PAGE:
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A.B. Watson, A.J. Ahumada; Predicting Acuity From Aberrations With the Spatial Standard Observer . Invest. Ophthalmol. Vis. Sci. 2005;46(13):3614.
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© ARVO (1962-2015); The Authors (2016-present)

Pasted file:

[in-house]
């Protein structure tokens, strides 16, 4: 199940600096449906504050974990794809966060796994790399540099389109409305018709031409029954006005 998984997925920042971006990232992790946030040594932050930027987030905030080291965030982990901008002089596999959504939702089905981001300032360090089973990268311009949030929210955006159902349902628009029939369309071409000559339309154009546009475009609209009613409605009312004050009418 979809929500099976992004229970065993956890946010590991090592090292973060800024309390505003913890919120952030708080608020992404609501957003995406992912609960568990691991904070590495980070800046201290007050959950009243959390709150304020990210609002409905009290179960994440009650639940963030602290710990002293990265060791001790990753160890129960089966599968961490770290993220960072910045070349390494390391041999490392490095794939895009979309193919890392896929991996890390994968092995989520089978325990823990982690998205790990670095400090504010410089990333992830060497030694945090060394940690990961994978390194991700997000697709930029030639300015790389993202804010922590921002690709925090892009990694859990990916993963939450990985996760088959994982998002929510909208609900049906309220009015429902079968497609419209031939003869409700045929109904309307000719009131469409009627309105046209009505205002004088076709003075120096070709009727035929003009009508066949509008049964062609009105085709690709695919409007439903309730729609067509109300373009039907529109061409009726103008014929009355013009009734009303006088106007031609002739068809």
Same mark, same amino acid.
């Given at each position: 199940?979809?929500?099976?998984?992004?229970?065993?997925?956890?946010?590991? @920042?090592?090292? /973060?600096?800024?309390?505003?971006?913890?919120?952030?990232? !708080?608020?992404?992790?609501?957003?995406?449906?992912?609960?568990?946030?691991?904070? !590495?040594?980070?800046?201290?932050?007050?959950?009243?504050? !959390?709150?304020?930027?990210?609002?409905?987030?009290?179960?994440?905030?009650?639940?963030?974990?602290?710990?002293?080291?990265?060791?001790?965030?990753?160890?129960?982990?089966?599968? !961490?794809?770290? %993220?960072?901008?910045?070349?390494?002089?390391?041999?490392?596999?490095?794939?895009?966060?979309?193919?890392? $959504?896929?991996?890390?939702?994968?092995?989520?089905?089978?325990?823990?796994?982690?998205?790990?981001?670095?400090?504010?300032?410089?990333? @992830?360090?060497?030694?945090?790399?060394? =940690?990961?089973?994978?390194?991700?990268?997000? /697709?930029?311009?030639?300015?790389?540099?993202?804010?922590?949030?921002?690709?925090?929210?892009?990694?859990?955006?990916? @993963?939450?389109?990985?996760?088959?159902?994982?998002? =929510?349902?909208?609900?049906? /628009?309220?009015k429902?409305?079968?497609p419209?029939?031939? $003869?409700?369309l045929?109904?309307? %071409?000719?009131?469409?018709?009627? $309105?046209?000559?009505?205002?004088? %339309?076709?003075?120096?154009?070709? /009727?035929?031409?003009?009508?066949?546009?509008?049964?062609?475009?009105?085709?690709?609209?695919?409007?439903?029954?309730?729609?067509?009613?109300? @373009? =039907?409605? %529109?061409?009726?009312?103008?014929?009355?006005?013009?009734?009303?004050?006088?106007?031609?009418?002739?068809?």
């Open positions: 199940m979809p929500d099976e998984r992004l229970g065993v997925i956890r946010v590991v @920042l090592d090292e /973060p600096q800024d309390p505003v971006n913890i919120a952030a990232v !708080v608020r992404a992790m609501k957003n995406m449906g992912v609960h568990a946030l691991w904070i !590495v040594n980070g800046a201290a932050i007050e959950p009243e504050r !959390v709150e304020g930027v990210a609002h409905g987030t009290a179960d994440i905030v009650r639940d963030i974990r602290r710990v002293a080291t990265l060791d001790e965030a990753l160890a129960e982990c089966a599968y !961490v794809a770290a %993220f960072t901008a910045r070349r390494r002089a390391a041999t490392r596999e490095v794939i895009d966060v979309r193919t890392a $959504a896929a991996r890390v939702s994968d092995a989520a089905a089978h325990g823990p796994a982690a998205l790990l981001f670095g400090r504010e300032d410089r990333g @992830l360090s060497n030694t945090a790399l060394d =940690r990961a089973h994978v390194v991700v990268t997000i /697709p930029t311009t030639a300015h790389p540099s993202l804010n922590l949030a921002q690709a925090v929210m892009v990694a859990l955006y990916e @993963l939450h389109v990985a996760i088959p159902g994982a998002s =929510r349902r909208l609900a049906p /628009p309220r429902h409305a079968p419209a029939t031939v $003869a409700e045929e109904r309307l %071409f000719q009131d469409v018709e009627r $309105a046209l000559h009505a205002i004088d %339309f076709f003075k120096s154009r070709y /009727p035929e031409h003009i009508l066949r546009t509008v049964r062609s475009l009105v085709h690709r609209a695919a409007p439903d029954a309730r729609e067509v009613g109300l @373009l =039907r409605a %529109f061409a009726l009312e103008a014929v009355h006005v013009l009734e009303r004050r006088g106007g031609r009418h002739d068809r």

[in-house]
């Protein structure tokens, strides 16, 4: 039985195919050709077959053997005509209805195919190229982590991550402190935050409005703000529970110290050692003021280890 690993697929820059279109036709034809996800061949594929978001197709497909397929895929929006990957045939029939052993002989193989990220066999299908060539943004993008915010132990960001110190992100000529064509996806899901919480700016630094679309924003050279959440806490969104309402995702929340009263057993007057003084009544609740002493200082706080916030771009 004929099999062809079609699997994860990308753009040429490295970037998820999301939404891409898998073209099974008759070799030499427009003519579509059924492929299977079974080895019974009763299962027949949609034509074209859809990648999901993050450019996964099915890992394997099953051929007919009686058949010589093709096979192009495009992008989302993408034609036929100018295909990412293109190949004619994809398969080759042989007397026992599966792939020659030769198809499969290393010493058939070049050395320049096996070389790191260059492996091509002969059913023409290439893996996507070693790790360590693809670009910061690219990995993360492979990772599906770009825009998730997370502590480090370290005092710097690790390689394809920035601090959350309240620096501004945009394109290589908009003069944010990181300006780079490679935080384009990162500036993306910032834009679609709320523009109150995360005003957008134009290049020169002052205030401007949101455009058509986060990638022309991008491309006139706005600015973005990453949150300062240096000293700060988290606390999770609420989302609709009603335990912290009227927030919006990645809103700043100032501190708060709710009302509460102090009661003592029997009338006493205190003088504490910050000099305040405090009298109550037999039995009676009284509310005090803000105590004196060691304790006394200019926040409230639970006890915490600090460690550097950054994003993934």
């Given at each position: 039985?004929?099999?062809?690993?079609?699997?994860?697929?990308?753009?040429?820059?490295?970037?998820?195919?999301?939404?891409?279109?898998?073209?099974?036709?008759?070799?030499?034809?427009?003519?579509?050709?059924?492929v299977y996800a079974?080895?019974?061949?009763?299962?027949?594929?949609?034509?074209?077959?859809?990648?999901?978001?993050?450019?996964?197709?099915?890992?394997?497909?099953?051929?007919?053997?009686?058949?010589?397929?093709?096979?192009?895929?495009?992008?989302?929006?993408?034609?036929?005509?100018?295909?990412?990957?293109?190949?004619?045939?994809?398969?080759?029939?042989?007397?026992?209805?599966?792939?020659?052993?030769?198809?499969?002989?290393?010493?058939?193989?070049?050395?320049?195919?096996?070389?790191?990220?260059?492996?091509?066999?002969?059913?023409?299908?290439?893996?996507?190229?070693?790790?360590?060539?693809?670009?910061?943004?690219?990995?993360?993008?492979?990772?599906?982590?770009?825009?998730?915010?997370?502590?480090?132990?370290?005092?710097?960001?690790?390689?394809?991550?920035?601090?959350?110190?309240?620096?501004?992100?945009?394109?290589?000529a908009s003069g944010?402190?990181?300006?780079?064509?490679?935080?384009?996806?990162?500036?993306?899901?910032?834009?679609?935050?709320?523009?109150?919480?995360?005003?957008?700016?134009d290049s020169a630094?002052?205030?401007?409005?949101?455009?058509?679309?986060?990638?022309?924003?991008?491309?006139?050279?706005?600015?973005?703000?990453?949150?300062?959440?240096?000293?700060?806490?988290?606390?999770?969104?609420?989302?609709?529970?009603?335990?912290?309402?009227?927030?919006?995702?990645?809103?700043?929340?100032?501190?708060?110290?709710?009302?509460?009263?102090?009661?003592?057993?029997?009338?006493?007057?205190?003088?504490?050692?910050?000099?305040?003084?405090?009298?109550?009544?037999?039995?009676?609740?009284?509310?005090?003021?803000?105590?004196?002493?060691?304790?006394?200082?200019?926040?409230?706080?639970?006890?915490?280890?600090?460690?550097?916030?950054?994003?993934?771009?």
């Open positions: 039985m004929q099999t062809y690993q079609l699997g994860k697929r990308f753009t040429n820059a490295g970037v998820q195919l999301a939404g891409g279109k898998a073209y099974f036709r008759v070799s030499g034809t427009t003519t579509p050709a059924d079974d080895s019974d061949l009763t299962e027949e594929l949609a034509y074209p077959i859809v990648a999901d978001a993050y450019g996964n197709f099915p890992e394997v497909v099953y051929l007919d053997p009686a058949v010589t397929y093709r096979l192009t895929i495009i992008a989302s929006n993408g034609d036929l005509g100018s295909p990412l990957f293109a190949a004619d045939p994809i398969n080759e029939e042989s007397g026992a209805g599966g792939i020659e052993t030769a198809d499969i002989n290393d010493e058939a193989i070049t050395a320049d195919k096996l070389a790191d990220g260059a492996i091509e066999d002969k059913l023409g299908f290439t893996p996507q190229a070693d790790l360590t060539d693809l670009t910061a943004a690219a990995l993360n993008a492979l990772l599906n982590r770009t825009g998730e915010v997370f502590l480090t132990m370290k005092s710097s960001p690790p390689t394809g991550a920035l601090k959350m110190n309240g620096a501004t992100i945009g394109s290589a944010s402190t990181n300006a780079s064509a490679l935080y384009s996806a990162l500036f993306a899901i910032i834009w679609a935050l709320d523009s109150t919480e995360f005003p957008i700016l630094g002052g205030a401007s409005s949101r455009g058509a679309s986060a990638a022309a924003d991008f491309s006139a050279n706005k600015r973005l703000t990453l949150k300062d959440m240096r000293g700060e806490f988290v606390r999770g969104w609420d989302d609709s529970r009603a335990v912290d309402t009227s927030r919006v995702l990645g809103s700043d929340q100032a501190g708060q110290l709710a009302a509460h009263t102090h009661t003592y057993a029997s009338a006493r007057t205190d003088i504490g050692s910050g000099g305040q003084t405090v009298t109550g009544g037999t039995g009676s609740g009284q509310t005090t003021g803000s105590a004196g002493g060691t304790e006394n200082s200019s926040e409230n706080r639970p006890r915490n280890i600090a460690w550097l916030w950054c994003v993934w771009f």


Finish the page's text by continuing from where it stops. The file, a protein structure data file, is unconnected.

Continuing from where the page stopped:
Purpose: To evaluate the Spatial Standard Observer as a method of predicting visual acuity from measured wavefront aberrations. Methods: Recent technology makes it possible to measure and modify the wavefront aberrations of the human eye. As a result there is considerable interest in methods to predict visual acuity or image quality from wavefront aberrations. The Spatial Standard Observer (SSO) is a simple model that predicts the detectability and discriminability of foveal spatial contrast targets. SSO predictions are based on the generalized energy of visible contrast. Visible contrast is luminance contrast attenuated by a contrast sensitivity function (CSF) and a spatial aperture. Generalized energy means that the visible contrast is raised to a power higher than 2 before spatial integration. To predict acuity for an observer with particular wavefront aberrations, we removed the optical component of the SSO CSF (leaving the neural CSF) and replaced it with the observer's specific visual optics. We could then compute SSO discriminability measures for any pair of Sloan letters, and could predict acuity measurements based on the ensemble of discriminabilty measures for the complete Sloan letter set. Results: Predictions of acuity based on the Spatial Standard Observer correlate well with empirical results. The SSO performs as well or better than prior methods, but also provides absolute, rather than relative predictions. We will compare the SSO predictions to those from other metrics, and will discuss the contribution of model components to the success of the predictions. We will also discuss simplifications of the model that may increase the practicality of the method. Conclusions: The Spatial Standard Observer accurately predicts acuity from wavefront aberration measurements.
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